Disease Prevention in Women (cont.)
Melissa Conrad Stöppler, MD
Melissa Conrad Stöppler, MD, is a U.S. board-certified Anatomic Pathologist with subspecialty training in the fields of Experimental and Molecular Pathology. Dr. Stöppler's educational background includes a BA with Highest Distinction from the University of Virginia and an MD from the University of North Carolina. She completed residency training in Anatomic Pathology at Georgetown University followed by subspecialty fellowship training in molecular diagnostics and experimental pathology.
William C. Shiel Jr., MD, FACP, FACR
Dr. Shiel received a Bachelor of Science degree with honors from the University of Notre Dame. There he was involved in research in radiation biology and received the Huisking Scholarship. After graduating from St. Louis University School of Medicine, he completed his Internal Medicine residency and Rheumatology fellowship at the University of California, Irvine. He is board-certified in Internal Medicine and Rheumatology.
In this Article
- Disease prevention in women overview
- Breast cancer
- High blood pressure (hypertension)
- Cancer of the cervix
- Human immunodeficiency virus (HIV)
- Hypercholesterolemia (hyperlipidemia, dyslipidemia)
- Type II diabetes mellitus
- Cancer of colon and rectum / polyps of colon and rectum
- Bladder cancer
- Melanoma and other skin cancers
- Find a local Internist in your town
Human immunodeficiency virus (HIV)
HIV is the virus that causes AIDS (Acquired immune deficiency syndrome). While modern anti-HIV medications have significantly improved long-term survival and quality of life of HIV infected individuals, there is still no cure or vaccine. HIV infection is still eventually lethal in everyone who is infected. Therefore, preventing the spread of HIV is the most important step in preventing illness and death due to HIV infection.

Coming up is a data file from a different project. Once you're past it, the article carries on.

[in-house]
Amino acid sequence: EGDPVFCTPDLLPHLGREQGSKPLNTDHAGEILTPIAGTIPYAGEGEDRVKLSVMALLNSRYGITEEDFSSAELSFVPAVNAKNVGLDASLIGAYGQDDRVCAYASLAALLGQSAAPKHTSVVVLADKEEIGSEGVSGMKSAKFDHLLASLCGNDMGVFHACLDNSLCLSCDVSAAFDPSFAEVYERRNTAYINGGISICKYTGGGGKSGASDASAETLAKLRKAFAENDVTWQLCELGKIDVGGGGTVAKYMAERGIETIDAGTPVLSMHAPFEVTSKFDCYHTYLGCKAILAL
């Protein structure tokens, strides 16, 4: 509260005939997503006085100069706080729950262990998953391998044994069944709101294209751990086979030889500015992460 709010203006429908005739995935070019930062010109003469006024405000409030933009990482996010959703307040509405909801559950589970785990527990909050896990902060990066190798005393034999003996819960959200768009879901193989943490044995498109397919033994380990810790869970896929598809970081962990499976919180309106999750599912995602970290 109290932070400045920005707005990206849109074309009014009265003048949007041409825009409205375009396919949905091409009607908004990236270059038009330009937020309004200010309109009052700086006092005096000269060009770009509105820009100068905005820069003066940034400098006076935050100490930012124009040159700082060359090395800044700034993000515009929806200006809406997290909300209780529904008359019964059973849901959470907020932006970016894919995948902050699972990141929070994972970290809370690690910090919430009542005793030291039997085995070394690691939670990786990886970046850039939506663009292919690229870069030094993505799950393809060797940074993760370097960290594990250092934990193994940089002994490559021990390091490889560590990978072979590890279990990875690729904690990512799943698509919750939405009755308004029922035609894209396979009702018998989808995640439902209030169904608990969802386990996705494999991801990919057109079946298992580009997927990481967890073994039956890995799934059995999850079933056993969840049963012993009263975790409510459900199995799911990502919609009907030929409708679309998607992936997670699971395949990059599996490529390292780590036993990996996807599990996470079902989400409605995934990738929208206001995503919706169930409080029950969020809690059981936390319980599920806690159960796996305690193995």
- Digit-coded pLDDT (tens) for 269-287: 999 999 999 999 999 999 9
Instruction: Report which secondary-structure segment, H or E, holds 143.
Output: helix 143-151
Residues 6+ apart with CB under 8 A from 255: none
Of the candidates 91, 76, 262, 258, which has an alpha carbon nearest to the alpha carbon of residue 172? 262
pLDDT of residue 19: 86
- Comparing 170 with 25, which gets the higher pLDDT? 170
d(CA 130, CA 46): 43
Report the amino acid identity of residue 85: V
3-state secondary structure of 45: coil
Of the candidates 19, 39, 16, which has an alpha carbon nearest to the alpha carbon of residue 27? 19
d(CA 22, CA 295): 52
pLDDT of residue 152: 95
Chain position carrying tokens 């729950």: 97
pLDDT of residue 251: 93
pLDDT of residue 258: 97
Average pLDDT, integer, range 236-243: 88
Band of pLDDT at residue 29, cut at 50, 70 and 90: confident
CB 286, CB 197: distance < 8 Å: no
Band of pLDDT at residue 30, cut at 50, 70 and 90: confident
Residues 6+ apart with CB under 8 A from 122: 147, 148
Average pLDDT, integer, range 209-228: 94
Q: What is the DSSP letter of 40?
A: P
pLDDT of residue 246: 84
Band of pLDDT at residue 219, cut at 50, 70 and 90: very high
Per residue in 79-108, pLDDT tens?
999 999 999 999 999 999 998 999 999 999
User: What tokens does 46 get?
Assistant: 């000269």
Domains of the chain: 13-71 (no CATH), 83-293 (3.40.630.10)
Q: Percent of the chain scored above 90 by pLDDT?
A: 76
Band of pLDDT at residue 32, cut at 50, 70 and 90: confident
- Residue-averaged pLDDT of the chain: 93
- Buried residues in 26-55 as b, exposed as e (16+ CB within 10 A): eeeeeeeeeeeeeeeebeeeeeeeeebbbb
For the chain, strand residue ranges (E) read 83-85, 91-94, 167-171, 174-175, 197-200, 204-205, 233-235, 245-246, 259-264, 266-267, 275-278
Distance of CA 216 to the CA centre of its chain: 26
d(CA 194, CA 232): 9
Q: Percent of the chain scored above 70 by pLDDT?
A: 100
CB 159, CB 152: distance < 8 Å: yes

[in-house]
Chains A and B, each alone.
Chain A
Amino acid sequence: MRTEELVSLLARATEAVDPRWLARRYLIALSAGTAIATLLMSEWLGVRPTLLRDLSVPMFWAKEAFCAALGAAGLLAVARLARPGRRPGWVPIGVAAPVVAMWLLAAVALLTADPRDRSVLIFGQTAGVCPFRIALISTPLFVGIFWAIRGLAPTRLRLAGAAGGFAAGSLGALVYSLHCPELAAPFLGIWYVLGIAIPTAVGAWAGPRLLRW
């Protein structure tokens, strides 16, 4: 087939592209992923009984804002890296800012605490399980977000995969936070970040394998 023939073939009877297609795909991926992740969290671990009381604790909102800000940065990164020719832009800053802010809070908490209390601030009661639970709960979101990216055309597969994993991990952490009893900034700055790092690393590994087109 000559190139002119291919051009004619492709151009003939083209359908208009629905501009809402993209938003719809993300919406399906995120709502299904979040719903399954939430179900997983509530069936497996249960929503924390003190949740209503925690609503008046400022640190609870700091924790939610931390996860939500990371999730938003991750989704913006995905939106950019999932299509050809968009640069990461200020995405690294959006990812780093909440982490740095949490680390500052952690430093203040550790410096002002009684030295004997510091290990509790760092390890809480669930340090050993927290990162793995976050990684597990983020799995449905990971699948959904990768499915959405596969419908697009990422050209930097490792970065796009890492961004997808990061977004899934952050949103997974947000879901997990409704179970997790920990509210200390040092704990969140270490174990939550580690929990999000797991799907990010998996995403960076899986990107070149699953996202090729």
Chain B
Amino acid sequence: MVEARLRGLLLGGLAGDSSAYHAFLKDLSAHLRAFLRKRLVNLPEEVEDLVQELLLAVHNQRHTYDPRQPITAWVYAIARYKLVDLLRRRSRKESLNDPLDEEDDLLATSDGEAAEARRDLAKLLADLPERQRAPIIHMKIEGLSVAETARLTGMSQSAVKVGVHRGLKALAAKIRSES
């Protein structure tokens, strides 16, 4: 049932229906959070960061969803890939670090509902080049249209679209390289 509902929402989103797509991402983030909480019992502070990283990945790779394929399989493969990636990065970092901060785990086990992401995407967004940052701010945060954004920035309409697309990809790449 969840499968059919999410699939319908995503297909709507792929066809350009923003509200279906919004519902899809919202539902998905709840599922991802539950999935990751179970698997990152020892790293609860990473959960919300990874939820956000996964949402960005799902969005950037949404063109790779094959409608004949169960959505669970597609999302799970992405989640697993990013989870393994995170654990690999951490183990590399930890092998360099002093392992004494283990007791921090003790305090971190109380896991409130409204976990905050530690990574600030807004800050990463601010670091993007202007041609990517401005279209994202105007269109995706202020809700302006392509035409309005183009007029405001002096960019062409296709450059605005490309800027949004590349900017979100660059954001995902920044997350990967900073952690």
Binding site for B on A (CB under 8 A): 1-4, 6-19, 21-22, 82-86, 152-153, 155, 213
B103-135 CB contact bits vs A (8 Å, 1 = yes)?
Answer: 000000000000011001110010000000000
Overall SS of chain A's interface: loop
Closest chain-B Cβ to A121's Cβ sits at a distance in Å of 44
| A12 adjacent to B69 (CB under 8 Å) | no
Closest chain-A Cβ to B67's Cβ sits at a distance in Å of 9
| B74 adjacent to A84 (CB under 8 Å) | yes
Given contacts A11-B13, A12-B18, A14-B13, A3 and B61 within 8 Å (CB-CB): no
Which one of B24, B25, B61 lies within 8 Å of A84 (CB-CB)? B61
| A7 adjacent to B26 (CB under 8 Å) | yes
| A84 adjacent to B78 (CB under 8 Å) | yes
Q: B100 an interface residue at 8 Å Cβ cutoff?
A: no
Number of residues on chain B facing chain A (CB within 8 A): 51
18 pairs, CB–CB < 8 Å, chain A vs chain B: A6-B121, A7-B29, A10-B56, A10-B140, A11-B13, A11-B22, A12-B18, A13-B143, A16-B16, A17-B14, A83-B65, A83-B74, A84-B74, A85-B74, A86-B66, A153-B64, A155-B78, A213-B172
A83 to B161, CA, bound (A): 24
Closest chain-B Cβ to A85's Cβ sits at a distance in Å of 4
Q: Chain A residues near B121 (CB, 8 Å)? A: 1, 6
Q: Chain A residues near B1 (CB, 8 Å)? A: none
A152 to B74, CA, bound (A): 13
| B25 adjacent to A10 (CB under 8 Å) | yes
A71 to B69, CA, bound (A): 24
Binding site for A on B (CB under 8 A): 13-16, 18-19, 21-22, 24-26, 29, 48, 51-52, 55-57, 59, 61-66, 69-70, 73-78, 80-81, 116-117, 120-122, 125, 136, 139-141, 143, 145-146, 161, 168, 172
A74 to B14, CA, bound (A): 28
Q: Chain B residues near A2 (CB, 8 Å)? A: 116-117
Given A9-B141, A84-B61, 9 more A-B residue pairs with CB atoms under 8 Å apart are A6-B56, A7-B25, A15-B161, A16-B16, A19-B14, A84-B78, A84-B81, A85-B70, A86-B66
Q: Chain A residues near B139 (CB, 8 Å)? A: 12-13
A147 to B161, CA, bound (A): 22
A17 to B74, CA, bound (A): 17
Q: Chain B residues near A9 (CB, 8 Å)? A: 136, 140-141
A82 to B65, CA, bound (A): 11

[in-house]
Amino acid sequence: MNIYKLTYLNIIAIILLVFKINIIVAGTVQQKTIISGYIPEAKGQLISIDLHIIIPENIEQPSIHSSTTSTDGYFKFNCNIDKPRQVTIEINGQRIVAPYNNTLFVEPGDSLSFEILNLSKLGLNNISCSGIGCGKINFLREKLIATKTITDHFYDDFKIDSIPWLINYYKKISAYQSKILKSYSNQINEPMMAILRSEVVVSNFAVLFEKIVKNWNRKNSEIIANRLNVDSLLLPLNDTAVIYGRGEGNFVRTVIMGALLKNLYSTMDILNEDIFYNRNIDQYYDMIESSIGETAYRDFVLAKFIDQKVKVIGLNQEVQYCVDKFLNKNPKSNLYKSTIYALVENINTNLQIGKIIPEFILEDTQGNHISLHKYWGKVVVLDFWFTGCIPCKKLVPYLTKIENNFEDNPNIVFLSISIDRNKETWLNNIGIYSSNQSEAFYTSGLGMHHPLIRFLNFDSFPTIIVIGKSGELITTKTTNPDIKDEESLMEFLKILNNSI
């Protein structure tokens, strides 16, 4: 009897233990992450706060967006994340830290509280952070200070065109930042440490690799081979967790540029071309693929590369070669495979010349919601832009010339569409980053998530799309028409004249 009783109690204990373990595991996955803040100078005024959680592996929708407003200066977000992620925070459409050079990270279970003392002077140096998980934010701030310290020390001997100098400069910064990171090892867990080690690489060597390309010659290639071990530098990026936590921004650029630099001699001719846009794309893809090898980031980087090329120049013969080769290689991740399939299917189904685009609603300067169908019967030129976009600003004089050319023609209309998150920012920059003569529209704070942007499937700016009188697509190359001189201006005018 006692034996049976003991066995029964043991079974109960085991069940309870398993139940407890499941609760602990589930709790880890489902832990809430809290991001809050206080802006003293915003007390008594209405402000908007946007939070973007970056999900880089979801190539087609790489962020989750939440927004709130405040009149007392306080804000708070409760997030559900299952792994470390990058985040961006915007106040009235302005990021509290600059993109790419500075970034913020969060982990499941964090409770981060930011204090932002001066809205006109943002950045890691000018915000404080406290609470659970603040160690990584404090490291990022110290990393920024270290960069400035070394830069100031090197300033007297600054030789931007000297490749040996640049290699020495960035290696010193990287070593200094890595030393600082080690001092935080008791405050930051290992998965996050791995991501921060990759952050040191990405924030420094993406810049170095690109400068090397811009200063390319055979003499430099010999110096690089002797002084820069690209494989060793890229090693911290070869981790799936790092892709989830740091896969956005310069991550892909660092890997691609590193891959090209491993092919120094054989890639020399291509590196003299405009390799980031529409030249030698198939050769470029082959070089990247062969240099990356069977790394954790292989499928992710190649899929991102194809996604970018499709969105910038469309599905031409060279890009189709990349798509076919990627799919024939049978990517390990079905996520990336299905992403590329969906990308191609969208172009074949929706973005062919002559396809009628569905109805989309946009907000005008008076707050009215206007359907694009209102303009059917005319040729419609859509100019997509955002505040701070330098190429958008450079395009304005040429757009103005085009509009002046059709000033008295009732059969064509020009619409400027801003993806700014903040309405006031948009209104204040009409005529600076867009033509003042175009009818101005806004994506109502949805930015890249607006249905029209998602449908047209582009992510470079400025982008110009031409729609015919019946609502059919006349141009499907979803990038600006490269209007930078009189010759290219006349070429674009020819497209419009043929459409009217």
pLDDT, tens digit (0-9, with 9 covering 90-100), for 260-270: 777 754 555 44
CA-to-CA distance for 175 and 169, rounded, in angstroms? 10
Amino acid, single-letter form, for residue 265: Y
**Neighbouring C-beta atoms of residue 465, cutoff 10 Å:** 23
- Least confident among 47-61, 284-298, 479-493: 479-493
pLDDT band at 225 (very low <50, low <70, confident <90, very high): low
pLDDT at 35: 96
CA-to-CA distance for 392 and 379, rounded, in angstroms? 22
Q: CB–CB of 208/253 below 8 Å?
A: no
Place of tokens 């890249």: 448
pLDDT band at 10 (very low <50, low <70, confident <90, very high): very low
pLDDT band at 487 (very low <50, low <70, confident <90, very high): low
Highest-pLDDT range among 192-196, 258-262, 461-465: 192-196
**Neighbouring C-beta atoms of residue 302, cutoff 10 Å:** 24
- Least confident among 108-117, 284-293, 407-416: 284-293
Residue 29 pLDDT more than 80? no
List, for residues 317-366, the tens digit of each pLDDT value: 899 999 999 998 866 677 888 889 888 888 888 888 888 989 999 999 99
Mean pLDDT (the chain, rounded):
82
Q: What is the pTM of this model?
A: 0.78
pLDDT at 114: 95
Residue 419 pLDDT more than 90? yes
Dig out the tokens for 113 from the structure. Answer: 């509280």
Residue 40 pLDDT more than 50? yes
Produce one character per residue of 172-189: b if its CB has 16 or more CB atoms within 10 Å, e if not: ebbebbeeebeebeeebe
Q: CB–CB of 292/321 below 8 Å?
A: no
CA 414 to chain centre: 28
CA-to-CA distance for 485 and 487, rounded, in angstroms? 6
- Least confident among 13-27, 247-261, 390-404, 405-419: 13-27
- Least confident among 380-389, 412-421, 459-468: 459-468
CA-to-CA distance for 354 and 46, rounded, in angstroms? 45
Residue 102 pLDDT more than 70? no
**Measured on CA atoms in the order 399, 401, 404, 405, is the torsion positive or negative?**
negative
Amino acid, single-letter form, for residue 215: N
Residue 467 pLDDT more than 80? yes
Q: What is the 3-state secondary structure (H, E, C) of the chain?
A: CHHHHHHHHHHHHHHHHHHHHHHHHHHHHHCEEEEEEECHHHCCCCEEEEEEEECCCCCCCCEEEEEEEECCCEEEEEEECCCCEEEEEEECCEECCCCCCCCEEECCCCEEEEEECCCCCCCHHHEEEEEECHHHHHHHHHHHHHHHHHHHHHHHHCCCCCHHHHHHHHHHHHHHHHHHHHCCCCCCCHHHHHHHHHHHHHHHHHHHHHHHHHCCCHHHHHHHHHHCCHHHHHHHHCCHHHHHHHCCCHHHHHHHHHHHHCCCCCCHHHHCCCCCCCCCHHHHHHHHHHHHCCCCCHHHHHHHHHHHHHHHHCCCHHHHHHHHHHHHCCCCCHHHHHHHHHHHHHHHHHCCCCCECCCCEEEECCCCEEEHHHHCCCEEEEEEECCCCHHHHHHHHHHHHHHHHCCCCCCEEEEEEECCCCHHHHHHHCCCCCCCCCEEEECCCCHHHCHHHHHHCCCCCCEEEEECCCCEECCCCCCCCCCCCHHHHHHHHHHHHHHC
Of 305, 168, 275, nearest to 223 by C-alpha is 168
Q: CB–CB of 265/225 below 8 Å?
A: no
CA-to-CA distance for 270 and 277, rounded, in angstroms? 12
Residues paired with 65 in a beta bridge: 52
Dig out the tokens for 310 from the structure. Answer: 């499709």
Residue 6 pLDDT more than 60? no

- Screening blood test for antibodies to HIV is called
an ELISA test.
Confirmatory test for antibodies to HIV is called a
- HIV infected individuals can remain free of symptoms for many years; they will know if they are infected ONLY if a blood test for HIV is done. HIV testing can be performed by a physician or at a testing center.
Who should be tested
The following individuals should be routinely offered HIV testing:
- pregnant women;
- individuals with occupational exposure to HIV (health care workers and
researchers working with HIV);
- individuals with high-risk sexual behavior (multiple sexual partners,
unprotected intercourse), or who practice needle-sharing;
- anyone requesting HIV testing; and
- individuals with active tuberculosis, unexplained fevers, low white blood cell counts, or who have been diagnosed with a sexually transmitted infection.
Most infected individuals will develop a positive HIV blood test within three months of being exposed to HIV. If the HIV test at three months is negative and there are risk factors for infection, the test should be repeated in another three months.
Benefits of early detection
Theoretically, early treatment with anti-HIV medications may help the body's immune system fight the virus. So far, early treatment cannot cure or eradicate the virus. Therefore, early detection is most important to prevent the spread of the virus.
The virus is present in the blood, genital, and other body secretions of virtually all infected individuals, regardless of whether or not they have symptoms. The HIV virus is spread from one person to another when these secretions come in contact with the vagina, anal area, mouth, or eyes, or with a break in the skin, such as from a cut, bruise, sore, or puncture by a needle. Sexual transmission of HIV has been described from men to men, men to women, women to men, and women to women through vaginal, anal, and oral sex.
Prevention of spread of HIV
- Abstinence from sex until both partners are certain
that they are not infected (for example both partners test negative for HIV
antibody after the
last potential exposure). While most newly infected individuals test positive by
two months after infection, up to 5% are still negative after six months with
routine testing. If abstinence is not possible, use latex barriers such as a
condoms and a dental dam (piece of latex that prevents vaginal secretions from
coming in direct contact with the mouth.)
- For pregnant women infected with HIV, proper
prenatal counseling, treatment
with anti-HIV drugs after the first trimester, proper handling of the delivery
process, and short-term treatment of the newborn child can very substantially
reduce HIV infection in the newborn.
- Avoid sharing of needles, razor blades, and toothbrushes.
- Health care workers who experience a needle stick or exposure of the eyes, mouth, or injured skin from an infected person must take anti-HIV medication in order to reduce the risk of developing infection.
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